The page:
A former Torrington municipal judge who faces 10 criminal charges — including three counts of sexual assault — is negotiating a plea agreement in the case, his lawyer said Tuesday.
The lawyer representing Gregory Knudsen, 70, made the statement to the district court judge overseeing Knudsen’s case shortly after he pleaded not guilty to the 10 counts at a video arraignment. In addition to the three sex crimes, Knudsen also faces a single count of burglary and six misdemeanor counts: five of stalking and one of unlawful contact.
Craig Silva, Knudsen’s defense lawyer, did not tell Judge Dawnessa Snyder the anticipated terms of the deal or what sticking points had prevented it from yet being struck. Silva did, though, ask the judge if she had any types of prohibitions on no contest pleas, which — unlike guilty or not guilty pleas — must be approved.
Snyder said she did not have a blanket prohibition to making such pleas to any particular type of crime. Their entry does require a “good reason,” she said.
Knudsen’s Tuesday morning court hearing was the latest in a case that became public in late March. It was then that he made his initial appearance in Goshen County Circuit Court, where prosecutors declared the charges against him. A judge — from Laramie County, rather than Goshen County, as would be more typical — ordered Knudsen free on a $10,000 personal recognizance bond.
According to court documents filed along with the charges, prosecutors believe that Knudsen over the course of years sexually assaulted women whom he met in his private law practice.
On one occasion, prosecutors allege, Gregory Knudsen entered an unconscious woman’s house and molested her, only ceasing his attack when a child entered the room. The 70-year-old also, according to the prosecutors’ allegations, forced a woman who was seeking legal advice to touch his genitals. He then held her down in an attempt to further assault her, the documents allege.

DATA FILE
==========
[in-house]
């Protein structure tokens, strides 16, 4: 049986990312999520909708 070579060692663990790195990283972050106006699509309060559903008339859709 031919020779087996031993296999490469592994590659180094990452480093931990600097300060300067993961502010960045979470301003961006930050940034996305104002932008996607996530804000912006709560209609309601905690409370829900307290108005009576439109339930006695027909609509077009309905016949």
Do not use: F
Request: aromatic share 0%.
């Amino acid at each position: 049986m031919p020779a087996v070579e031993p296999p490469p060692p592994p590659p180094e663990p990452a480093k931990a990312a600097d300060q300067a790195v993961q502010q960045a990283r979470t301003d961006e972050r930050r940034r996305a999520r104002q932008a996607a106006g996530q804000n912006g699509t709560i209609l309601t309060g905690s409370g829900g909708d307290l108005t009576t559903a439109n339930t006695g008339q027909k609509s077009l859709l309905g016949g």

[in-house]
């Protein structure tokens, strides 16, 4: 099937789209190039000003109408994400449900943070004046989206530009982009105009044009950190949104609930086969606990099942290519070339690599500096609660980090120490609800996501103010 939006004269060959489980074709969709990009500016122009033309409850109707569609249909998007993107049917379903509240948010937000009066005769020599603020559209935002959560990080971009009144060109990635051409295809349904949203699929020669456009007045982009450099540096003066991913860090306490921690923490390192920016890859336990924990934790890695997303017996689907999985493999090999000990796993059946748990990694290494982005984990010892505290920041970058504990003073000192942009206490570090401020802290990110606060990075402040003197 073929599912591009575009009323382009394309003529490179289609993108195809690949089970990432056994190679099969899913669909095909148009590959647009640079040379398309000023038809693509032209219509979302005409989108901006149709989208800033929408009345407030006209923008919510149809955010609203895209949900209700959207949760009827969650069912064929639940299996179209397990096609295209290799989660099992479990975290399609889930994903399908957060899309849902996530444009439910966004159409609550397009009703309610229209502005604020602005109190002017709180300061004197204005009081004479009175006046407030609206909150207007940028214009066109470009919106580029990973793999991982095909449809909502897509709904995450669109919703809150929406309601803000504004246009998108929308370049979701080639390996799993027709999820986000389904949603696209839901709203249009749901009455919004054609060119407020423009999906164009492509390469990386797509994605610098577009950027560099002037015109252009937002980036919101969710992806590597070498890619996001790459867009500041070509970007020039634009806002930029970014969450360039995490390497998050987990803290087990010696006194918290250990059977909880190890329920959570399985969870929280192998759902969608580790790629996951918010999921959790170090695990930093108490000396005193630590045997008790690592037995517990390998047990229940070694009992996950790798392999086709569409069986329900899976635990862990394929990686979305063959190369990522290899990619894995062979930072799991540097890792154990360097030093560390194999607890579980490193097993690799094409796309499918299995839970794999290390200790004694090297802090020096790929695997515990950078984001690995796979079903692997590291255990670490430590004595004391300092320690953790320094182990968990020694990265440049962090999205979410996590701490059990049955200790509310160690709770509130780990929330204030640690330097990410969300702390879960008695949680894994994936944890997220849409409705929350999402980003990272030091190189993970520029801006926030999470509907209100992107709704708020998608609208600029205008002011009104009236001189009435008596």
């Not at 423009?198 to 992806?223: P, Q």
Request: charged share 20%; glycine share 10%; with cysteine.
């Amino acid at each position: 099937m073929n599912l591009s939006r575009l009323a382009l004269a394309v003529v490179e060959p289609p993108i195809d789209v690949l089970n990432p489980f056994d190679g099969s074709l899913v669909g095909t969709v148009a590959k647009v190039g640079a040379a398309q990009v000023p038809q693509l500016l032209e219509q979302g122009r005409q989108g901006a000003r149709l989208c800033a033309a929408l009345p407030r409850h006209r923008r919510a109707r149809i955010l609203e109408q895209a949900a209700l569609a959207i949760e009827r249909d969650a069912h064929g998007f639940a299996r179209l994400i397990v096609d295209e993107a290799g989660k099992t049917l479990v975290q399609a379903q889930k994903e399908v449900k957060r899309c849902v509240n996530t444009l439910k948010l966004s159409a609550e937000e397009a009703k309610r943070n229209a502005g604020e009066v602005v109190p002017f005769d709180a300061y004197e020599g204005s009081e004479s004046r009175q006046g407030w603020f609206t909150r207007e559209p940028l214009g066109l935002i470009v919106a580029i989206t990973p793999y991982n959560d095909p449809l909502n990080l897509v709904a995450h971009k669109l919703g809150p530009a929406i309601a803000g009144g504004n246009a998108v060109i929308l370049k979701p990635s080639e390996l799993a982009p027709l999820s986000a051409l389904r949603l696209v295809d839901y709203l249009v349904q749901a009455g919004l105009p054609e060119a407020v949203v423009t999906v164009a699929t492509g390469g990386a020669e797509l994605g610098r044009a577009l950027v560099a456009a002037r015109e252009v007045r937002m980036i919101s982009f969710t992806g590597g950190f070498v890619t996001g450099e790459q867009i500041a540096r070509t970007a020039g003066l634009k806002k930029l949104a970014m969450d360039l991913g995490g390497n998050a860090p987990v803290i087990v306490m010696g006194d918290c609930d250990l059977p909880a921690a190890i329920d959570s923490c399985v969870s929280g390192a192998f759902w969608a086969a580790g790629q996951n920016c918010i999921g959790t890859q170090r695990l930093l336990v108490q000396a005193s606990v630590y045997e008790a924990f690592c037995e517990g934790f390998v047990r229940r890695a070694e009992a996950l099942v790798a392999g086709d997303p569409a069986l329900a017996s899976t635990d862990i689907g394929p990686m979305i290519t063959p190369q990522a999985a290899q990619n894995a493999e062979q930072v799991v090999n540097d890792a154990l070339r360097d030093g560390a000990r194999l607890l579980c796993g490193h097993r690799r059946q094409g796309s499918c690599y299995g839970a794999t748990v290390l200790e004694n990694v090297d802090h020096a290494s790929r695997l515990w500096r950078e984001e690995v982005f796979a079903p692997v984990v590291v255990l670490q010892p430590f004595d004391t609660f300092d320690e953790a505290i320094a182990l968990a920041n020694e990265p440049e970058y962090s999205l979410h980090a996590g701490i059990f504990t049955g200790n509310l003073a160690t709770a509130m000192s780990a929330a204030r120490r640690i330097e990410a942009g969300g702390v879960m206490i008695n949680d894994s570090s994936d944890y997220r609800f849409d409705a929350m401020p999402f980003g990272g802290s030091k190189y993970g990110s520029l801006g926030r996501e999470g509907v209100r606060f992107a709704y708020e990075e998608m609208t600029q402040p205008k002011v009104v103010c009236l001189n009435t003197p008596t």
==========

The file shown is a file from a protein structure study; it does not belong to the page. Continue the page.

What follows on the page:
Tuesday’s approximately 20-minute hearing was held by video, as has become common since the spread of the novel coronavirus within Wyoming.
Snyder — the Carbon County District Court judge who was assigned the case from Goshen County’s docket — read Knudsen the charges he faces. She paused after each set of criminal counts to ask Knudsen if he understood the charges.
He replied, “Yes, your honor,” and the judge continued.
When provided for the first time an opportunity to plead, Knudsen spoke clearly.
“I plead not guilty, your honor,” he said.
“To all counts?” Snyder asked, in clarification.
“Yes, your honor,” Knudsen said.
Silva, Knudsen’s attorney, then asked the judge if change of plea and sentencing hearings — which both accompany plea agreements — are held by video or in person. Snyder told the defense lawyer that either is possible.
Silva then told Snyder that he had been working out a plea agreement with Kevin Taheri, the Natrona County assistant district attorney who was appointed special prosecutor for the case.
Court documents do not specify the reason for the appointments of a prosecutor and judge from outside Goshen County. However, such appointments frequently are undertaken when a conflict of interest — or the perception of one — is possible.
When Taheri told Snyder that he had no issues for her to address, the judge adjourned the hearing.
Even before the charges against Knudsen became public, he had been barred from practicing law in Wyoming. The Wyoming Supreme Court in July of last year — months after the criminal investigation had begun — ordered his disbarment because an investigation by a lawyers’ disciplinary board found Knudsen had slept with a client of his private law practice and lied to investigators about it.
It’s been longer since Knudsen served on the bench: In January of last year he was replaced as municipal court judge, according to minutes from a town meeting. Those records do not indicate if his replacement is connected to either the criminal allegations or the non-criminal finding of misconduct.
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